Now, I have a coach who I started working with before I left my last job, who I chose to continue with during the first several months of this sabbatical/flirting with a consulting career/whatever period I’m in the middle of. I feel like this coaching assignment happened more out of a leadership development/support type of impetus than a management training need, and I chose to continue with this coach post-resignation because it’s been a marvelously rich and warm learning experience for me and I have never felt the need for this type of support as much as I do now. My last job, I was the executive overseeing a quite large department of people, during what turned out to be tumultuous times for the organization (these are tumultuous times for many organizations, and the toll is heavy). I felt as if every day, I was putting out fires AND I was required to be the best human being possible AND I was being faced with complicated questions having to do with diversity, equity, and inclusion, including a starker awareness of my own identity as a woman and a person of color than I had ever experienced before. Processing what was happening then, and processing those events now, has felt much richer and more fulfilling and productive in partnership with my coach. Whereas my first coach was warm and congenial and no-nonsense and brisk, and my second coach was calm, soothing, and clear-sighted, this coach is incredibly gifted with words and articulating thoughts or concepts and also, he is one of the gentlest, kindest people I have ever met. (And I’ve met MANY good people.) I often repeat bits of things he’s said to me, like personal mantras: “I give myself permission to be vulnerable in this situation. And I forgive myself if I go too far.” It’s been utterly nourishing and transformative, during a time when I have never struggled more for sure footing and well, just feeling okay about everything.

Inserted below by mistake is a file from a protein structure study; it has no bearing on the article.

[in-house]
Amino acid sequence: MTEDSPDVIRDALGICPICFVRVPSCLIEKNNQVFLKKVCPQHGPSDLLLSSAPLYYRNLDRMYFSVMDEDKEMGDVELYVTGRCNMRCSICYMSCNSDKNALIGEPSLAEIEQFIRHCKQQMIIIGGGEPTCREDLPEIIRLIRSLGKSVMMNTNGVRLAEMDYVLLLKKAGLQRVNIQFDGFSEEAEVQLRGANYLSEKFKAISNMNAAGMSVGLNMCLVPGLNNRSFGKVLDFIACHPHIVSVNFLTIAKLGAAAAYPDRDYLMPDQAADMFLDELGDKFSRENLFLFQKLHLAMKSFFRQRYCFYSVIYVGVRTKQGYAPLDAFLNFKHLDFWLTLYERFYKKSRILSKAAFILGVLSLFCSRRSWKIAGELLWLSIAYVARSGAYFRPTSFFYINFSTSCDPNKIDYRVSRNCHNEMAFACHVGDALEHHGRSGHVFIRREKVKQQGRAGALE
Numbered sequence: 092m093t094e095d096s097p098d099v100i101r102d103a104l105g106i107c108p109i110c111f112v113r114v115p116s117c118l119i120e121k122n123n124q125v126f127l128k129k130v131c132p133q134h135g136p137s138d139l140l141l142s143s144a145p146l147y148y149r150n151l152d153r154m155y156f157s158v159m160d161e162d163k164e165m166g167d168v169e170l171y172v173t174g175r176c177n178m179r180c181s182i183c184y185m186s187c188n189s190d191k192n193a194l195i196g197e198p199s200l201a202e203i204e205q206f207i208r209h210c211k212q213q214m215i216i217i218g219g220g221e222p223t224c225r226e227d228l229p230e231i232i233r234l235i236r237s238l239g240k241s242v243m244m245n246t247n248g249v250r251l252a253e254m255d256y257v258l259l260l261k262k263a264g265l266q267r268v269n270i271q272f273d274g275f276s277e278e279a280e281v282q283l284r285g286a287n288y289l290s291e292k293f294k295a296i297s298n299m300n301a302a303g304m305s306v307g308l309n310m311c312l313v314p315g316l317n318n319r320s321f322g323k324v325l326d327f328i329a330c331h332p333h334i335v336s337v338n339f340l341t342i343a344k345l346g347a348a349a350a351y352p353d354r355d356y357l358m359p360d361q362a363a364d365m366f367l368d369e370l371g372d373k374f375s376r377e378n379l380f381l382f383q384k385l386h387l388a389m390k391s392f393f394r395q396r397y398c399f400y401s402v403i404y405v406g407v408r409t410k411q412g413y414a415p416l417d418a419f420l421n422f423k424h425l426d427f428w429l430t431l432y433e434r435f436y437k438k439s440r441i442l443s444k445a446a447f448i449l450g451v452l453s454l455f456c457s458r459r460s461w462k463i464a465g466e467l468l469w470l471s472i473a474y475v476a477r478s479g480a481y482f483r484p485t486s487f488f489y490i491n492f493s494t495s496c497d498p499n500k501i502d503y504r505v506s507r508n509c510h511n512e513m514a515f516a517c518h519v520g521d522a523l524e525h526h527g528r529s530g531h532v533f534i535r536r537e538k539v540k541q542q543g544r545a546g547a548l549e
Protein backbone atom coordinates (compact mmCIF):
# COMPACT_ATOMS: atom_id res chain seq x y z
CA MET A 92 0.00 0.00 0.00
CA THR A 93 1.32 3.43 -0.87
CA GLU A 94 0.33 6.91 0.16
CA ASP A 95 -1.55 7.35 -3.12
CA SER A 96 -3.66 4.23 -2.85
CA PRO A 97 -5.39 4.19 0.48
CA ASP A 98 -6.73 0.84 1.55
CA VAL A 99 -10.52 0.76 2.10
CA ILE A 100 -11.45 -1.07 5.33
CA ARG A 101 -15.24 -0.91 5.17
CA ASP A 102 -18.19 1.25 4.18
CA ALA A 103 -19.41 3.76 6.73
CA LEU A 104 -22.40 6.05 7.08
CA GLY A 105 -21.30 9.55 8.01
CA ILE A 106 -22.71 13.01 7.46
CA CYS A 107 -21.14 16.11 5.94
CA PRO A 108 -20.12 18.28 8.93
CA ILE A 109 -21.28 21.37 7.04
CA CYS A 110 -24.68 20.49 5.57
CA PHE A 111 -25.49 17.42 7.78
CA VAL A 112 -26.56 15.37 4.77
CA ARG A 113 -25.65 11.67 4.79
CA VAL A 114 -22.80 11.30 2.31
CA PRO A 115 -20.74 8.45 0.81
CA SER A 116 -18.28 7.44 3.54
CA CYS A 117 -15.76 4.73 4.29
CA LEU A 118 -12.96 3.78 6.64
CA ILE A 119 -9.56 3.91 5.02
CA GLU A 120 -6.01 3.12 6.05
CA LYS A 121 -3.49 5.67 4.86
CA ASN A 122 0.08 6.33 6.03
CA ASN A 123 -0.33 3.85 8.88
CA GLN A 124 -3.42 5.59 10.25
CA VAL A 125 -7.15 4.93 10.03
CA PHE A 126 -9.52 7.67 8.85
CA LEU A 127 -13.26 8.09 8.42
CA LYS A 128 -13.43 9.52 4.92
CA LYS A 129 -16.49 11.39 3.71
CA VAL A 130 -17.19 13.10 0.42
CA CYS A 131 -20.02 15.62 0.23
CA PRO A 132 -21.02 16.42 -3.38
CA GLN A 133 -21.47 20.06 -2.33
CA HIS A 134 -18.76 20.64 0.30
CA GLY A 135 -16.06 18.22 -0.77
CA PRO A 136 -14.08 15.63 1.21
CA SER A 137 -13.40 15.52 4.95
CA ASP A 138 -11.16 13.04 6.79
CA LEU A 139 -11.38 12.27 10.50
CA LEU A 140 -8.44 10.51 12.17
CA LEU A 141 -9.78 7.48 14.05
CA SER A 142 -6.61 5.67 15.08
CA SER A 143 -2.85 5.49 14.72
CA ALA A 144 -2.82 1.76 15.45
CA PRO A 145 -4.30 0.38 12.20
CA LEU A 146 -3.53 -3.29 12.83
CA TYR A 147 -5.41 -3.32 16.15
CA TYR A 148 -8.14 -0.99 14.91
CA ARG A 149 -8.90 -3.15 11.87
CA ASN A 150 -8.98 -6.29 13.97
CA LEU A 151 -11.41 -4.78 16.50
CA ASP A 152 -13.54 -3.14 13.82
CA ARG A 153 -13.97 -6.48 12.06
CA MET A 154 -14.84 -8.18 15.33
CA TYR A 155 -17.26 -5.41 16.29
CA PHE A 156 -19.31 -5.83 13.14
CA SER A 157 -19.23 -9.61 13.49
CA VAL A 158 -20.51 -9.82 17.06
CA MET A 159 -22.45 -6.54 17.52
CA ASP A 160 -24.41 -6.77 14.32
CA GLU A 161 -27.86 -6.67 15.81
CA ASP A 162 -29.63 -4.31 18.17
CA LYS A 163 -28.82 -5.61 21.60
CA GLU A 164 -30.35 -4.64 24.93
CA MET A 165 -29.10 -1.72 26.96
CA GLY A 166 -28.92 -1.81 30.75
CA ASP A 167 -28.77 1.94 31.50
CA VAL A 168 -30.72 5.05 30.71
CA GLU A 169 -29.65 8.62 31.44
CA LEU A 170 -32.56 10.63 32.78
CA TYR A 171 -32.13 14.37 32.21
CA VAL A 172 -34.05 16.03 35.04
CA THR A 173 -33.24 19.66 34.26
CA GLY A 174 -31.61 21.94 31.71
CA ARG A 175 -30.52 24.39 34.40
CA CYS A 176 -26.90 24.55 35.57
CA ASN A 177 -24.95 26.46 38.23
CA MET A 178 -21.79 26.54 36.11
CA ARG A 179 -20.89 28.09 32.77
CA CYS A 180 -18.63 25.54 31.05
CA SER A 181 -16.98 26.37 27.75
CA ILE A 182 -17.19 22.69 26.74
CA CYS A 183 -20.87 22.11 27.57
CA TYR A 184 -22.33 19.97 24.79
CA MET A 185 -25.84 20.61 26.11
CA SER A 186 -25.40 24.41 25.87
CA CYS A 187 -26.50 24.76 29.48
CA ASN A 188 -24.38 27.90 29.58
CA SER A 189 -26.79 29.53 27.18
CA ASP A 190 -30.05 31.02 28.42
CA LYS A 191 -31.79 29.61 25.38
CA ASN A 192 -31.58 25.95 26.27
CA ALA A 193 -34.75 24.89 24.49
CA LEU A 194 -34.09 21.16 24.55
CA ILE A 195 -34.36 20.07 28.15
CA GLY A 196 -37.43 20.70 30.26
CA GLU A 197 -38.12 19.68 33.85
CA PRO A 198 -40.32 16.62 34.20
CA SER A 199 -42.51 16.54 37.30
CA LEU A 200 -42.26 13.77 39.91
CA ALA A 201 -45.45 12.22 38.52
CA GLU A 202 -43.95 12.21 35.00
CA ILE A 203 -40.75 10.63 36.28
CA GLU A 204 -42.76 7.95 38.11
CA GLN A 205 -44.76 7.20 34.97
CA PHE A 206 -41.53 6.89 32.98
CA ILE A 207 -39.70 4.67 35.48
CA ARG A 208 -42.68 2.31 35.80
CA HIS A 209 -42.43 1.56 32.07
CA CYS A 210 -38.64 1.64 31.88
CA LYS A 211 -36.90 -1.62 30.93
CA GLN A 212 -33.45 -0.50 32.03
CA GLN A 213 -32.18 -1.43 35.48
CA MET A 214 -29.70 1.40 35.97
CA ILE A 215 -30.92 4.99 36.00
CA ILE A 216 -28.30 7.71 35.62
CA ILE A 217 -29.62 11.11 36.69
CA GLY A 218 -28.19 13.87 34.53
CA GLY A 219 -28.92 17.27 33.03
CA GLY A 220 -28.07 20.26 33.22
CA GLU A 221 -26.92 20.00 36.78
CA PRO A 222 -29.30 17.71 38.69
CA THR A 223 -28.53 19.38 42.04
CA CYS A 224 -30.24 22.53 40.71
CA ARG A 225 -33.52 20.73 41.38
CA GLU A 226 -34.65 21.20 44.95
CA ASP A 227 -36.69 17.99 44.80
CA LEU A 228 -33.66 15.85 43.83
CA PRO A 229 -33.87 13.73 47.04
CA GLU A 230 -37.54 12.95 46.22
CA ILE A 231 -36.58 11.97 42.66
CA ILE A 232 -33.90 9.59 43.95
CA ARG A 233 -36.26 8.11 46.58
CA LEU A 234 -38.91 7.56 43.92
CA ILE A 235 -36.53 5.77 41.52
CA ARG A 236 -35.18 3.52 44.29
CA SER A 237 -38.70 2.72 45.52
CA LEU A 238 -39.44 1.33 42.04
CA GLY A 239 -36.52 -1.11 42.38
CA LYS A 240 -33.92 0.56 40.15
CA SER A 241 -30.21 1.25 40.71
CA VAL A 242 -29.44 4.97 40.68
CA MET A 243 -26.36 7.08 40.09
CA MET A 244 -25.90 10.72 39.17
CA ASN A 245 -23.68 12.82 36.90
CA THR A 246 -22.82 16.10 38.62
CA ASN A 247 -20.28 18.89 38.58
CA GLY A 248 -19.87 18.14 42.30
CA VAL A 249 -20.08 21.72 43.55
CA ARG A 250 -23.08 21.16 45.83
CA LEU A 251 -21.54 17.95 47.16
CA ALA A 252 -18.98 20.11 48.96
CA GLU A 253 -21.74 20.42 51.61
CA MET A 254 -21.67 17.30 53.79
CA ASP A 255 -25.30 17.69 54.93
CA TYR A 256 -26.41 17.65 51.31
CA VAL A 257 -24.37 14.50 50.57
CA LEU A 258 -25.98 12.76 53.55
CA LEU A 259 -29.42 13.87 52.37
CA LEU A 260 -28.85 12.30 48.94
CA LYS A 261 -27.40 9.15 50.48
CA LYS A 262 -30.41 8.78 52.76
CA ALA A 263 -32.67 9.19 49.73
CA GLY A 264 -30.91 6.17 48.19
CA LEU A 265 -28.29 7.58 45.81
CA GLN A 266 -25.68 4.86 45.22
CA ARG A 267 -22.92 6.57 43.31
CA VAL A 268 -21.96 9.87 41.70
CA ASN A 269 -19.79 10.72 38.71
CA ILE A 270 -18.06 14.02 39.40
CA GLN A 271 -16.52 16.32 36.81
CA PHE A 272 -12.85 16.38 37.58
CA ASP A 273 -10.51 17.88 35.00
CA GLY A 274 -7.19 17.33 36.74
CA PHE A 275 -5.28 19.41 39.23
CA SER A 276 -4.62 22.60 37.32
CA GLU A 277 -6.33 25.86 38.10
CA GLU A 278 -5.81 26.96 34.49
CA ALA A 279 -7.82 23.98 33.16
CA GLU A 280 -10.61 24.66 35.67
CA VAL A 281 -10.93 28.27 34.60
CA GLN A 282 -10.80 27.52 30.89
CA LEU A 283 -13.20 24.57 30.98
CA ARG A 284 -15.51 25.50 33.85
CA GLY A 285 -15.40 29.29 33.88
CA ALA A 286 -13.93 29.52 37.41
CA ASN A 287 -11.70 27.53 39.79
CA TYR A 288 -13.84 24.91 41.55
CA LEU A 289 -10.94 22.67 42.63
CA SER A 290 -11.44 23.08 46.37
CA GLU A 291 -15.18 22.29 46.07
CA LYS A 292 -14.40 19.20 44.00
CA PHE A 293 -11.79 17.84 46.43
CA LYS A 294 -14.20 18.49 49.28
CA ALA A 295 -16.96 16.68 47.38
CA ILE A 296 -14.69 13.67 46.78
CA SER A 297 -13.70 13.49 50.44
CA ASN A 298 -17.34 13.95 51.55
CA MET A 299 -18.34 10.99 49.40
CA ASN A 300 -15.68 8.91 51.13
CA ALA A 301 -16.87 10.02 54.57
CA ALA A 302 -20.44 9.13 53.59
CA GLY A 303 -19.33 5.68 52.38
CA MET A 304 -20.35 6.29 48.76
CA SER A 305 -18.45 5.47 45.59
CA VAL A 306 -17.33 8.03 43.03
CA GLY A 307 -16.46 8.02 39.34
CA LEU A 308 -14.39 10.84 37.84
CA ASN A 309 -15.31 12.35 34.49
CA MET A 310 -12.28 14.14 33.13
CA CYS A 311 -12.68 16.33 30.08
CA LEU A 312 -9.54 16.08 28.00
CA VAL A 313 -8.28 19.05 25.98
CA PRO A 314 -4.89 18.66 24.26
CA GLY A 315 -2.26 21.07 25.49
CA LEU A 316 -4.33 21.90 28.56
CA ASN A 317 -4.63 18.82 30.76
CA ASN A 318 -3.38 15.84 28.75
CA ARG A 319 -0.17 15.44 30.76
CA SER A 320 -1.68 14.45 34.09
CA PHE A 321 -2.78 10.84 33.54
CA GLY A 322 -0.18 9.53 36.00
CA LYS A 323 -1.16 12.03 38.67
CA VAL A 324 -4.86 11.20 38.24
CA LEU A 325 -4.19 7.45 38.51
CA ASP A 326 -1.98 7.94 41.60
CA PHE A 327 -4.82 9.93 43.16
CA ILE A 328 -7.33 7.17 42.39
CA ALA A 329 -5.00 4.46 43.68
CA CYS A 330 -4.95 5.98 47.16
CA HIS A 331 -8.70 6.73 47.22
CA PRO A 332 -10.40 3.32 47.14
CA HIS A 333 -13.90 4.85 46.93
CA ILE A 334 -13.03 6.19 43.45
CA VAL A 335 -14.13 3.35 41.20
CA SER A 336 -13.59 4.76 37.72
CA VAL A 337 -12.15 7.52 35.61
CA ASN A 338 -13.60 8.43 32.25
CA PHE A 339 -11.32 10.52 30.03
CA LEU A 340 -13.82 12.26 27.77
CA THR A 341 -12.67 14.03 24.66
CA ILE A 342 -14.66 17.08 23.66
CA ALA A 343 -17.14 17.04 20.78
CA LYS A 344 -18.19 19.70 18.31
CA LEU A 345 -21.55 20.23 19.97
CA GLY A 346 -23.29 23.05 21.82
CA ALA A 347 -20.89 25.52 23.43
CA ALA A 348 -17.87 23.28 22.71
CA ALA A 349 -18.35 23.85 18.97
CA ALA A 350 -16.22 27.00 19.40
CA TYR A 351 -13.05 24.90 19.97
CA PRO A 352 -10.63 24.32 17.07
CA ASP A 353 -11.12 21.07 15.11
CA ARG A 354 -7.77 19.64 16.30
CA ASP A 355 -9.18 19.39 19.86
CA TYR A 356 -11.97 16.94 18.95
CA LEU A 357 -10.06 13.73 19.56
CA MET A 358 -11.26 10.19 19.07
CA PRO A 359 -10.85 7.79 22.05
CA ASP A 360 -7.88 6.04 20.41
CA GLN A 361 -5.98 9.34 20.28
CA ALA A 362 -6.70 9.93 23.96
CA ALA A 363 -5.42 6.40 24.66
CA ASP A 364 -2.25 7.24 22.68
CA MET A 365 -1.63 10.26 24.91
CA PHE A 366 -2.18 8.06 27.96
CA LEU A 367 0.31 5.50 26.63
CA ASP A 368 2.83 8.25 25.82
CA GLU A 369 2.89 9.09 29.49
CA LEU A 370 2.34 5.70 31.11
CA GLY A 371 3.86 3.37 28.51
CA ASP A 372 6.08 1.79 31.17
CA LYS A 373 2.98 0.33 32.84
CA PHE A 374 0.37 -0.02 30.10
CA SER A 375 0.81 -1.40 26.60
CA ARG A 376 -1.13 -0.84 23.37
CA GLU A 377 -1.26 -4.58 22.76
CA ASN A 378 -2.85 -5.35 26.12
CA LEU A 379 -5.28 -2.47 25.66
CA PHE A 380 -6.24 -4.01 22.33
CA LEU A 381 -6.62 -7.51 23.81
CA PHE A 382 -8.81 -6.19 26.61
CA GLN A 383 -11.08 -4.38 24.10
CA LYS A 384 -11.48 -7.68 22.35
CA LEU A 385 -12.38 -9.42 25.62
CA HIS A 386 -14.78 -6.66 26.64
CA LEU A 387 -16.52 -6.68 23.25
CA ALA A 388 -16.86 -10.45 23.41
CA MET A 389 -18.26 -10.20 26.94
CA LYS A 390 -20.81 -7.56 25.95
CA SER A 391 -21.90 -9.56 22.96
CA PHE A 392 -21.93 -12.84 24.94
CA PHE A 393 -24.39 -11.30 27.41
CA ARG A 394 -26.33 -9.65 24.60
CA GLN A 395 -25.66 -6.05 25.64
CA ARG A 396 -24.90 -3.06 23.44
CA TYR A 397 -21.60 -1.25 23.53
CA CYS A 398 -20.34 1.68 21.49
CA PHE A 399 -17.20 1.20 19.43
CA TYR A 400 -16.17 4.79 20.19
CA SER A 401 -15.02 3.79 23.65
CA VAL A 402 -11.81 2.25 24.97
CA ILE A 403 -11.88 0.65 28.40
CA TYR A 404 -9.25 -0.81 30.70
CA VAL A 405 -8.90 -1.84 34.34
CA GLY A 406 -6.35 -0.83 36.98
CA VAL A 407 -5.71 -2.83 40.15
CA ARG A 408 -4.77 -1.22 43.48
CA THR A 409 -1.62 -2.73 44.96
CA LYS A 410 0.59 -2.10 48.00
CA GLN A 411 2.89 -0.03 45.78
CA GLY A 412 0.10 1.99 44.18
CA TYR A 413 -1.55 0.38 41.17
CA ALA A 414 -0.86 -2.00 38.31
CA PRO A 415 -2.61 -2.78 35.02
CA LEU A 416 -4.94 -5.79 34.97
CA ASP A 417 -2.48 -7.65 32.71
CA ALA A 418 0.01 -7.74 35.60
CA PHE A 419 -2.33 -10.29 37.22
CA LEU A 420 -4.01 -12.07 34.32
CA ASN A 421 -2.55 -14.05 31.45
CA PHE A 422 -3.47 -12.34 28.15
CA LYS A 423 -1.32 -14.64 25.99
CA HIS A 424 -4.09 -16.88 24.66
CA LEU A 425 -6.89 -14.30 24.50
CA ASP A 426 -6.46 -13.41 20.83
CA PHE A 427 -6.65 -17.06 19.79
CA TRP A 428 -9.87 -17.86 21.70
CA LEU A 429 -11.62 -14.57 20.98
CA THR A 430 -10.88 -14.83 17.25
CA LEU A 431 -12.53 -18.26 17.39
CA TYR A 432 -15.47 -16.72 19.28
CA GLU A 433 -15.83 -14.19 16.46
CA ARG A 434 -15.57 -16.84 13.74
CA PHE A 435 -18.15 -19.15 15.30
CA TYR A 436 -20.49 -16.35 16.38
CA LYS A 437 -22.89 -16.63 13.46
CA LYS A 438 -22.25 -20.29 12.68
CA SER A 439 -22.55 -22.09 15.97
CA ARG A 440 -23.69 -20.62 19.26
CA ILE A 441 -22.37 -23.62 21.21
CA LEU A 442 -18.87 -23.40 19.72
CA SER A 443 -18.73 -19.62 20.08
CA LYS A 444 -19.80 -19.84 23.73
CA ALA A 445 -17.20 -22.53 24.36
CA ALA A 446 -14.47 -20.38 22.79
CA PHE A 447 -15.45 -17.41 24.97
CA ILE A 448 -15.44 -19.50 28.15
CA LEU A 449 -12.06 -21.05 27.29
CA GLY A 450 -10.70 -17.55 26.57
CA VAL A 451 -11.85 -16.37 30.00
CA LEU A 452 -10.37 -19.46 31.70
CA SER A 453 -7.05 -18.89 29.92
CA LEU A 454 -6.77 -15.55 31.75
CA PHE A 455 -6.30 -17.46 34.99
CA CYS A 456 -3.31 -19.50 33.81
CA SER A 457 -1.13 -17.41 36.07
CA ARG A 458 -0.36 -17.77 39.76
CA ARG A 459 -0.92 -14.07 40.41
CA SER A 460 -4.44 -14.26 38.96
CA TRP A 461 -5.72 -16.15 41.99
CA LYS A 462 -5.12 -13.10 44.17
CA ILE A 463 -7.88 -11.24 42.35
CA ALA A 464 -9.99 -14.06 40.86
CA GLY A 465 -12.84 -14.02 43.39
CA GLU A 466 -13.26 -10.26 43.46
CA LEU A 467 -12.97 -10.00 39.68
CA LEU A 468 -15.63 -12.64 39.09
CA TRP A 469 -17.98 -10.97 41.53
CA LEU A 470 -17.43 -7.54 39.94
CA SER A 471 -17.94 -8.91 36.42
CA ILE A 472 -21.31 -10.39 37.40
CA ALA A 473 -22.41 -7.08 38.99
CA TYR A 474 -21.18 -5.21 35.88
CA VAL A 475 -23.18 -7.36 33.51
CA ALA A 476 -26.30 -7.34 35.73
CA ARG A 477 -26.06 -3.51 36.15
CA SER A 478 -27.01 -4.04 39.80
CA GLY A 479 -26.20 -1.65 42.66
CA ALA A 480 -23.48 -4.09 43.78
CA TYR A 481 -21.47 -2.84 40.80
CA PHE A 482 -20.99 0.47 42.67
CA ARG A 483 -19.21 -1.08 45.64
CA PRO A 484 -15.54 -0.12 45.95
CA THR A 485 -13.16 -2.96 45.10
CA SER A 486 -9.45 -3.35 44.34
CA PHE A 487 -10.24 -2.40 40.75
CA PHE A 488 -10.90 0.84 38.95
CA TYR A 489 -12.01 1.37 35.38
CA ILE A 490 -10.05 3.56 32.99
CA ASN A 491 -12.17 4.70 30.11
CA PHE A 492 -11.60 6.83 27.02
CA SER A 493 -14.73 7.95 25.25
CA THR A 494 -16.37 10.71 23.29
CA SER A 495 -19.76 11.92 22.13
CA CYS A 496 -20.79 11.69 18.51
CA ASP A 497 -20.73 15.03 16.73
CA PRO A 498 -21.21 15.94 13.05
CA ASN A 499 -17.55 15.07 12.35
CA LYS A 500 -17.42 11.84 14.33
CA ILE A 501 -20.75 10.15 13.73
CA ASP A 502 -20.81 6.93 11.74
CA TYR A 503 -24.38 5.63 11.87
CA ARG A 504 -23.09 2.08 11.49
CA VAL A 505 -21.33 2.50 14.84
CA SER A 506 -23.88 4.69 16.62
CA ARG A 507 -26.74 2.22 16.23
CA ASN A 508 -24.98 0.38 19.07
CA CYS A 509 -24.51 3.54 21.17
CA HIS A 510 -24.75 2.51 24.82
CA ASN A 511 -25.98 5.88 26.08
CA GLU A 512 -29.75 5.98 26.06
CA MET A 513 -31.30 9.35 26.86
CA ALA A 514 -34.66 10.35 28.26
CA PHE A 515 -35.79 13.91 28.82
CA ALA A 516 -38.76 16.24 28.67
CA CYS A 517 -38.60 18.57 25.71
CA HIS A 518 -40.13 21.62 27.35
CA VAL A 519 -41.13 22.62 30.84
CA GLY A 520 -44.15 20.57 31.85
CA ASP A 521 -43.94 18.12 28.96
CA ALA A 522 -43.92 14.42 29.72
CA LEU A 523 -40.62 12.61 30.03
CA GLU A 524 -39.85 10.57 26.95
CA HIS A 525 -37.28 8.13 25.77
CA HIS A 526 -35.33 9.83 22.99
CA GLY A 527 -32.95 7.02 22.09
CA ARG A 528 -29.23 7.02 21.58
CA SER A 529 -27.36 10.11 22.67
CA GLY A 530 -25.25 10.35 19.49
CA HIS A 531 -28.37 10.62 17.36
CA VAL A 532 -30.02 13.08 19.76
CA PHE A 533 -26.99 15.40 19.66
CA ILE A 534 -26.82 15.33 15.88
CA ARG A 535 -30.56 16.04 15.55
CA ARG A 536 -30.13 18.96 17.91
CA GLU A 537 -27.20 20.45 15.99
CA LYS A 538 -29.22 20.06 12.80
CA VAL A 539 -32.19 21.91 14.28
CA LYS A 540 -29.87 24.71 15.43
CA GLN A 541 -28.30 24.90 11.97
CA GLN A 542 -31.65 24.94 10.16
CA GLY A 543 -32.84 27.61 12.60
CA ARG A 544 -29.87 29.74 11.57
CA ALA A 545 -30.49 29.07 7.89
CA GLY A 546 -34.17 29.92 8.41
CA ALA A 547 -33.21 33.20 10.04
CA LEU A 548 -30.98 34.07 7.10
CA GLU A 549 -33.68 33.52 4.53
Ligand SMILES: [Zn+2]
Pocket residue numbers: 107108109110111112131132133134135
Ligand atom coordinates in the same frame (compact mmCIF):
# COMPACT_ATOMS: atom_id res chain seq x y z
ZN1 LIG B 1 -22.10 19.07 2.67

So what is the point of all this cheering for the coaches I’ve known? It is to tell you: if you are struggling in your work life right now, think about getting one. If you can make a case for it, get your organization to pay for it. If your organization won’t, then see if you can find a way to afford one on your own dime. The coaching certification process is rigorous and extensive, so many coaches often take on clients at reduced rates as a part of getting certified, and trust me, it’s a highly worthwhile investment. Even one coaching session, with the right person, can make a huge difference.
Steph Curry, as talented as he is, really needs Steve Kerr to succeed. Most of us do not play at the level of a Steph Curry in our work lives (I know I sure the hell do NOT). And I can tell you that all the coaches I’ve known, and hope to continue to know, have been fundamental to whatever success I’ve had or strength in the workplace.
I want you all to experience strength, too. Especially now.
[…] What do you do, then, if you’re a human being and you’re in a management position and you need to talk through your issues to get advice and support? Gifted managers and leaders I’ve known have told me that they have at least one confidante to rely on in the organization, and that this function is built into the confidante’s job description. (The job title, “Chief of Staff,” or “Special Assistant,” always struck me as likely candidates to perform this function.) And, just like there are professionals for imbalance in one’s personal life (therapists) and one’s marriage (couples counselors), there are also professionals for employees (coaches), and if your organization supports this as a leadership development (which they should), and my experience with them has been hugely positive and valuable. […]